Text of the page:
Youngest case of primary CAD reported

Study describes 16-year-old girl with primary cold agglutinin disease

Steve Bryson, PhD avatar

by Steve Bryson, PhD |

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A rituximab-based therapy regimen successfully treated a 16-year-old girl with primary cold agglutinin disease (CAD), according to researchers in the U.S. who say the case represents “the youngest patient reported with this diagnosis.”

The case study, “An unusual case of primary cold agglutinin-associated lymphoproliferative disease in an adolescent female,” was published in the journal Pediatric Hematology and Oncology.

In CAD, the immune system wrongly produces self-reactive antibodies called cold agglutinins that ultimately cause hemolysis, or the destruction of oxygen-carrying red blood cells, at low temperatures. This leads to anemia, depriving tissues of oxygen, fatigue, pain, and yellow discoloration of the skin and eyes (jaundice), among other symptoms.

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The disorder is classified as either primary — when its cause is unknown— or secondary, when it is associated with another illness such as an infection or cancer.

Primary CAD typically affects older adults, with a median age at onset of about 75 years.

When CAD occurs in pediatric patients, it almost always is secondary to an infection, most commonly of the Epstein-Barr virus (EBV), which causes infectious mononucleosis, or “mono,” and Mycoplasma pneumoniae, a bacterium involved in respiratory infections.

In this report, researchers at Akron Children’s Hospital, in Ohio, described the case of a 16-year-old white-Hispanic girl with primary CAD who was successfully treated with a regimen based on the approved CAD therapy rituximab.

The researchers noted that, to their knowledge, this was the youngest case of primary CAD reported in the literature.

Various symptoms

The girl had been experiencing fatigue, dizziness, irregular heartbeat, and breathing difficulties during physical activity for the past two months. Examination showed she was pale, had eye jaundice, and a noticeable lump in her armpit.

Medical records showed an episode of jaundice, signs of red blood cell destruction, mildly lower-than-normal levels of hemoglobin — the protein that carries oxygen in red blood cells — and a positive test for cold agglutinins five years earlier.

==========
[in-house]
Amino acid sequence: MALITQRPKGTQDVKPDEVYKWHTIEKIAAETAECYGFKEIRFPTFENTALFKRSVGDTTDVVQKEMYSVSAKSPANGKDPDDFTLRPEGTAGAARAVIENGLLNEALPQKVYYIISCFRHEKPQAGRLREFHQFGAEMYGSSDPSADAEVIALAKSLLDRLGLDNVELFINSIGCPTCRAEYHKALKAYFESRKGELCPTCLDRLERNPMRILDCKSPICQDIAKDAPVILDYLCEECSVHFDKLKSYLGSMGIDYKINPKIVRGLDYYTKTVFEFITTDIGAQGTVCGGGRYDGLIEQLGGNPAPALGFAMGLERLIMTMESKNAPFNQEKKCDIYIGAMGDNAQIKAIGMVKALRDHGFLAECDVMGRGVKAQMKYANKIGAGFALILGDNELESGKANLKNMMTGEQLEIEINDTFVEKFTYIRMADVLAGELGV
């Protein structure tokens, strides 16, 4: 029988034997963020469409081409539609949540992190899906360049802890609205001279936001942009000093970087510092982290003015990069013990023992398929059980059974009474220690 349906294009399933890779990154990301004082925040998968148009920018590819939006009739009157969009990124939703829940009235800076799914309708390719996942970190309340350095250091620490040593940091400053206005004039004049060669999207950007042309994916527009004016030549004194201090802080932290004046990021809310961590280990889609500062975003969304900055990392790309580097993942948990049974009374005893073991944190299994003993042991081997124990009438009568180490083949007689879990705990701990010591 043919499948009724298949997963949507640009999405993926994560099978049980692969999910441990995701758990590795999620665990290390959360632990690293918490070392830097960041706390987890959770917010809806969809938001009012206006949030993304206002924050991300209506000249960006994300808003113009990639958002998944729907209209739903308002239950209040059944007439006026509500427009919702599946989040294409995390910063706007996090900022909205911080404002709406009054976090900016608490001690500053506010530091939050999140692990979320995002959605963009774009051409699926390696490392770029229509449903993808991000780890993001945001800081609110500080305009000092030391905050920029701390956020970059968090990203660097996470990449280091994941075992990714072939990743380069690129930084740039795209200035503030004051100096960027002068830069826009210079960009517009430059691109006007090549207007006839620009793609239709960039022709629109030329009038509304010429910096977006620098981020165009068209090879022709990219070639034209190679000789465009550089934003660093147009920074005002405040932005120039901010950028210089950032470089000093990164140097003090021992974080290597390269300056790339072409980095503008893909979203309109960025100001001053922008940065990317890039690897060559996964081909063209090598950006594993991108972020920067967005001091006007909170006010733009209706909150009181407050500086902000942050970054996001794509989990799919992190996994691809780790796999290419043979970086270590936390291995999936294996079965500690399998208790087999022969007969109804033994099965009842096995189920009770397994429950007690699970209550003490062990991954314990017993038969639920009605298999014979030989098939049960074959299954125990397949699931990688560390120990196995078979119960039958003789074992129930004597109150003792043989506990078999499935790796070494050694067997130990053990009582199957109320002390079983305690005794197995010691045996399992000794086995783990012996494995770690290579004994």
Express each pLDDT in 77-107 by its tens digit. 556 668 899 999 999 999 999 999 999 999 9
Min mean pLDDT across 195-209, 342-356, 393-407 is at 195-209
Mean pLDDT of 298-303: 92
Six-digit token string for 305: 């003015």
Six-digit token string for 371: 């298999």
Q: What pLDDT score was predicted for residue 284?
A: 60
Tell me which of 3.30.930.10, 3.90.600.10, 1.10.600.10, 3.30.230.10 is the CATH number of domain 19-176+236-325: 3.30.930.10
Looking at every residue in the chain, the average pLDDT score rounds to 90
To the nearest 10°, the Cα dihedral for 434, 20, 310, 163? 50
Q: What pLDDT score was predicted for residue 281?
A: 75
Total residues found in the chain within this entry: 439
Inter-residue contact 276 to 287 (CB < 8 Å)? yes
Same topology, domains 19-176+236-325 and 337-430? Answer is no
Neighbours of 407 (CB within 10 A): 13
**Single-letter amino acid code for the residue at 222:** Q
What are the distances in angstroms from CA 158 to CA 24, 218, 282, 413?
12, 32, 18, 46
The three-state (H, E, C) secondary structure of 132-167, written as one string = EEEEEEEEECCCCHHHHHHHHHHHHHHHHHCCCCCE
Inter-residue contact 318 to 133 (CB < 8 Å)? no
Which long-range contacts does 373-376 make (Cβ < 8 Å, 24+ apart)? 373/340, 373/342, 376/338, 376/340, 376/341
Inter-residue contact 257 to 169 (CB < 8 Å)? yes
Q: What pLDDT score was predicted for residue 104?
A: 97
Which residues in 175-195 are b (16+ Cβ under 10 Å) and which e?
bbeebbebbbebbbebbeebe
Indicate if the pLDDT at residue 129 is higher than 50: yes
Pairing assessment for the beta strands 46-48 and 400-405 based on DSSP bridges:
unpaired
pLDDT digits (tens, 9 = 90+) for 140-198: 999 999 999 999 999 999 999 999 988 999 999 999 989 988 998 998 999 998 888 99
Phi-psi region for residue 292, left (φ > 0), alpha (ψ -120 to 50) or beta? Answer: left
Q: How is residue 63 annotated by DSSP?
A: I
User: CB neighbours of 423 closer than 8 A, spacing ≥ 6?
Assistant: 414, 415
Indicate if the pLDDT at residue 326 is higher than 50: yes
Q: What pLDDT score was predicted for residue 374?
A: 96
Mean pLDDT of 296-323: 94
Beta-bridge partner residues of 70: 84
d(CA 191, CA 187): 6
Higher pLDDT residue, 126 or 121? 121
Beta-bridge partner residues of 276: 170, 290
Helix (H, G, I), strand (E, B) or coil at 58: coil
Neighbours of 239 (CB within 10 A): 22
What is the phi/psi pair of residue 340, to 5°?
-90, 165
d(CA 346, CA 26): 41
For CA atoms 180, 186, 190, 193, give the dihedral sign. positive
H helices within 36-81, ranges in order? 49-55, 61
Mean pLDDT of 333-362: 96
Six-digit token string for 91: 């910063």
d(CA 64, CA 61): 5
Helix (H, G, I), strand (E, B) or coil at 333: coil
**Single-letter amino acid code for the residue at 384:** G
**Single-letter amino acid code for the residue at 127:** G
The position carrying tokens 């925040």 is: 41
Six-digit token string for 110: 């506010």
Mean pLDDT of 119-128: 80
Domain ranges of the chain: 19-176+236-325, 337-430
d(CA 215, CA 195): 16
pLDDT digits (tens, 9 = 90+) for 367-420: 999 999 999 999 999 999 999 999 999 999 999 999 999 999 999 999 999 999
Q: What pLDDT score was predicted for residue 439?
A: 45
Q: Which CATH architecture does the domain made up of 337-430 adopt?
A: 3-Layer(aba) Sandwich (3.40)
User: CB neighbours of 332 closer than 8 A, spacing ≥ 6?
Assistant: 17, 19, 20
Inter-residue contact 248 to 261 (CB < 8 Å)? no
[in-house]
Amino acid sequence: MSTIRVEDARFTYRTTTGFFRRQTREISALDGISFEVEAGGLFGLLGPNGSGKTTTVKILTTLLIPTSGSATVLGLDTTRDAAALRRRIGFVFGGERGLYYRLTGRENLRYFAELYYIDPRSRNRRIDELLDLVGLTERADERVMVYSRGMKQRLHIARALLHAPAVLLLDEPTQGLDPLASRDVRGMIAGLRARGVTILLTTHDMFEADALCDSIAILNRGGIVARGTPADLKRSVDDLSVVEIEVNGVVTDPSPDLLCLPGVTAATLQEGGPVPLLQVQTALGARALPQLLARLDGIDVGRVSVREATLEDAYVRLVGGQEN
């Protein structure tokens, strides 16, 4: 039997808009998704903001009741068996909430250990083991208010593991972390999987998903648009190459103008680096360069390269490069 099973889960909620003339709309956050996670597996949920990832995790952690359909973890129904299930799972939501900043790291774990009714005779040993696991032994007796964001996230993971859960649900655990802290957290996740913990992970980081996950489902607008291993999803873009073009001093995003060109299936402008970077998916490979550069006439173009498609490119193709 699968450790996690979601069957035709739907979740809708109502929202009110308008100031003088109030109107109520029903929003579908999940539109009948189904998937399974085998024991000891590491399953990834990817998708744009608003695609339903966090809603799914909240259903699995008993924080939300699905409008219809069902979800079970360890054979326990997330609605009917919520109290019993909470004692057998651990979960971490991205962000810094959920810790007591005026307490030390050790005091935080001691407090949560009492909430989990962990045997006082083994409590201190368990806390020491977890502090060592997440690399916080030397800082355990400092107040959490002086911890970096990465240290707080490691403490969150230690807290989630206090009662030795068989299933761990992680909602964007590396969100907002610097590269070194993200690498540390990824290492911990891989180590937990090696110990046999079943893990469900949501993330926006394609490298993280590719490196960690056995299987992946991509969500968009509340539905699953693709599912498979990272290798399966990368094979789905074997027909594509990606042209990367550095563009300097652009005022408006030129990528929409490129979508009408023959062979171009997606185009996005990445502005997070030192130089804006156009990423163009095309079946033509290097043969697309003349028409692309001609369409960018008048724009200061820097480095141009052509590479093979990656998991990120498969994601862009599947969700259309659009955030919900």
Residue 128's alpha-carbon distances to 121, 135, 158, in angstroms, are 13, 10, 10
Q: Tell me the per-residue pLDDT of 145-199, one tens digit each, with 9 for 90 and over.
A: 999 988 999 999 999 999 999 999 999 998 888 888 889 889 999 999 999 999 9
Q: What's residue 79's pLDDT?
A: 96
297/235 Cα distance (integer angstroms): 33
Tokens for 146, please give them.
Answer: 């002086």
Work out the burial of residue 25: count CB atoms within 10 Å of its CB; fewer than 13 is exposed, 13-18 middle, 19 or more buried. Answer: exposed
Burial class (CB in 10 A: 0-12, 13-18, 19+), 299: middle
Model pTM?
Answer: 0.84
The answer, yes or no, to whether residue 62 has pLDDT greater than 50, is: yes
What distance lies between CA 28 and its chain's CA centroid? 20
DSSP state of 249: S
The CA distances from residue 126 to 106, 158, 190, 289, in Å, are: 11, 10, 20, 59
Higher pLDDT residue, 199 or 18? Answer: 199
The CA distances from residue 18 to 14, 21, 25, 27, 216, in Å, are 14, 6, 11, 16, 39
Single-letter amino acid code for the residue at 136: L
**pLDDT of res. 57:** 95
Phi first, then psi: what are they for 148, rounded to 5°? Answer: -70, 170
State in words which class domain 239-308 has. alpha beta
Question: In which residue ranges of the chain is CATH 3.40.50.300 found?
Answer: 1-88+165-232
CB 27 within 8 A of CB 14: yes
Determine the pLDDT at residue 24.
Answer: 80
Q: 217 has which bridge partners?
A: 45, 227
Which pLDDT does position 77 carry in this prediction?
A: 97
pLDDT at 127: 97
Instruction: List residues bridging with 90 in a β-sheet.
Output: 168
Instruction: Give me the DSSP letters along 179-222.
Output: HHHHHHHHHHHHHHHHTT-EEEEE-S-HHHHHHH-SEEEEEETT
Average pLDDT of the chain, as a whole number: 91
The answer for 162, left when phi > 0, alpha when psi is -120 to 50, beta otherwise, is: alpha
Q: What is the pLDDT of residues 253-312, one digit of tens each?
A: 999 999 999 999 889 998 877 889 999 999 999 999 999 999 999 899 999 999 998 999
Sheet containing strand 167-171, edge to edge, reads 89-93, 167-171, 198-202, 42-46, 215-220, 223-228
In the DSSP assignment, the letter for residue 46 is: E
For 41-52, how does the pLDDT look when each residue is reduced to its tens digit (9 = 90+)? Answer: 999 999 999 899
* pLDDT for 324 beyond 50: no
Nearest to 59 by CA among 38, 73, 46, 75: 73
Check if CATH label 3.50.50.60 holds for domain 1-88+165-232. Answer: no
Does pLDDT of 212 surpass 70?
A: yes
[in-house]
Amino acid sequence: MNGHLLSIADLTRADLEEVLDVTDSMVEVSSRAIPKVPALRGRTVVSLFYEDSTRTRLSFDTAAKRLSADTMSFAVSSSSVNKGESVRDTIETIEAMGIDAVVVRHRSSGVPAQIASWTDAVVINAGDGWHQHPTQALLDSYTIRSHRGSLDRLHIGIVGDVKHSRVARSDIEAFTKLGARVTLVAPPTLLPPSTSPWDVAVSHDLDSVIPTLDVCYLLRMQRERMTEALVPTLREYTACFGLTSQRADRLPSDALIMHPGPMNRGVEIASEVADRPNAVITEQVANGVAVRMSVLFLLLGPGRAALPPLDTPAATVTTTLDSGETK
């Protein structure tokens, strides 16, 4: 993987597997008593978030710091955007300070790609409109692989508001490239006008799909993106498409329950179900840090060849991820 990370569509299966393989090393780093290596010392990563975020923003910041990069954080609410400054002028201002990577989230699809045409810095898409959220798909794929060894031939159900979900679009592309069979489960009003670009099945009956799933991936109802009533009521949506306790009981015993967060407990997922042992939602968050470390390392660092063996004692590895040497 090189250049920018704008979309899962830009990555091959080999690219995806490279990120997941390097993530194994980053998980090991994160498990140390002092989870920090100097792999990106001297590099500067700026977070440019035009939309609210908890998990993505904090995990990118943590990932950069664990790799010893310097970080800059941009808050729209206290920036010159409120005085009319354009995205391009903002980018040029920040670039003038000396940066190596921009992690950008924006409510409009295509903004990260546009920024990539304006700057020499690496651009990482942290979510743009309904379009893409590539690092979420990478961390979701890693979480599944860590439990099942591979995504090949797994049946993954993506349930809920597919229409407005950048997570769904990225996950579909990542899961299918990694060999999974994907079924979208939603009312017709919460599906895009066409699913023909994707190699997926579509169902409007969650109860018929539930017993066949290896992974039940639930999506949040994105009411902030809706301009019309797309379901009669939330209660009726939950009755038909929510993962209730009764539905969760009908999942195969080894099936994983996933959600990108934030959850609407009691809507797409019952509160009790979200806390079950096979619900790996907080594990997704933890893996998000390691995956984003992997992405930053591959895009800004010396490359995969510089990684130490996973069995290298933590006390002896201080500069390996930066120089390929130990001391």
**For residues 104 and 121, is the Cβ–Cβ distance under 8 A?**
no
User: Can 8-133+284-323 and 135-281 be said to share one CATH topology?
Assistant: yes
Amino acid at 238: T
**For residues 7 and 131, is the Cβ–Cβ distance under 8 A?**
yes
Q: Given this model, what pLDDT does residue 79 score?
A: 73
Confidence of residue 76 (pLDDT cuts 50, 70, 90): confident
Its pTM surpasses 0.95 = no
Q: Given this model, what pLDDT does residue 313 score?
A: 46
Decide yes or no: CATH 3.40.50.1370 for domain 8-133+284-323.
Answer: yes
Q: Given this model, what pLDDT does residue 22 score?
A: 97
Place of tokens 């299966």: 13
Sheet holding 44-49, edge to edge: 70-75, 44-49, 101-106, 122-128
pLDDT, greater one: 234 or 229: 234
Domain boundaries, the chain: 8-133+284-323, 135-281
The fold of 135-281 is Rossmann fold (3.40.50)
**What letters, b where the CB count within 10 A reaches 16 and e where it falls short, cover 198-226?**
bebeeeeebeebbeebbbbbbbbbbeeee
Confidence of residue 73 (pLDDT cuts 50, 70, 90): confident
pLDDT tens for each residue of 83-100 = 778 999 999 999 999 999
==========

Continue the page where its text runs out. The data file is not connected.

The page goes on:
At the time, these symptoms were thought to be secondary to a past EBV infection and potentially Gilbert’s syndrome, which is a mild genetic liver disorder characterized by jaundice. However, no tests for Gilbert’s were performed at that time.

She was also “clinically diagnosed with pneumonia 7 months earlier, and had long-standing symptoms consistent with seasonal allergies,” the researchers wrote, adding that “there was no family history of blood disorders, Gilbert’s disease or cancer.”

New blood tests revealed below-normal hemoglobin levels and higher-than-normal levels of immature red blood cells and of lactate dehydrogenase (LDH), a marker of hemolysis. Blood smears showed red blood cell clumping, a sign of CAD. She also had a marked elevation in IgM, the primary type of antibody that forms cold agglutinins.

Tests for infectious agents such as Mycoplasma pneumoniae and COVID-19 were negative, and genetic analysis found no mutations associated with inherited diseases marked by hemolysis. She did, however, carry a mutation linked to Gilbert’s syndrome.

Bone marrow examination found low levels of hematopoietic stem cells, those that give rise to all types of blood cells, and an abnormal buildup of white blood cells, also a sign of CAD.

Because all indications were consistent with CAD, the girl initially was given a warmed blood transfusion packed with red blood cells. While her symptoms improved for about three weeks, she received a second transfusion after fatigue recurrence.

Treatment with rituximab

Treatment with rituximab resolved her fatigue, while leading to an increase in hemoglobin levels without additional blood transfusions and a decrease in LDH and IgM antibodies. Further bone marrow tests showed a reduction in abnormal levels of white blood cells, but about 20% remained.

About six months after finishing rituximab treatment, she relapsed, with a drop in hemoglobin levels and a rise in IgM antibodies. She then was treated with a combination of rituximab plus bendamustine, which was well-tolerated.

“In response to this combination therapy, hemoglobin increased to the highest point observed while the IgM level decreased to the lowest level observed,” the researchers wrote.

The combo was followed by maintenance treatment with rituximab alone. She has shown no symptoms for two years since the initial presentation “while still receiving rituximab every other month,” the team wrote.

The “patient’s response would be graded as a very good partial response,” they added.

“Pediatric hematologists/oncologists should keep the diagnosis of CAD in mind when evaluating a young patient with cold agglutinin-mediated hemolysis,” the researchers concluded. “The combination of rituximab and bendamustine has been effective in controlling this disease and has been extremely well-tolerated.”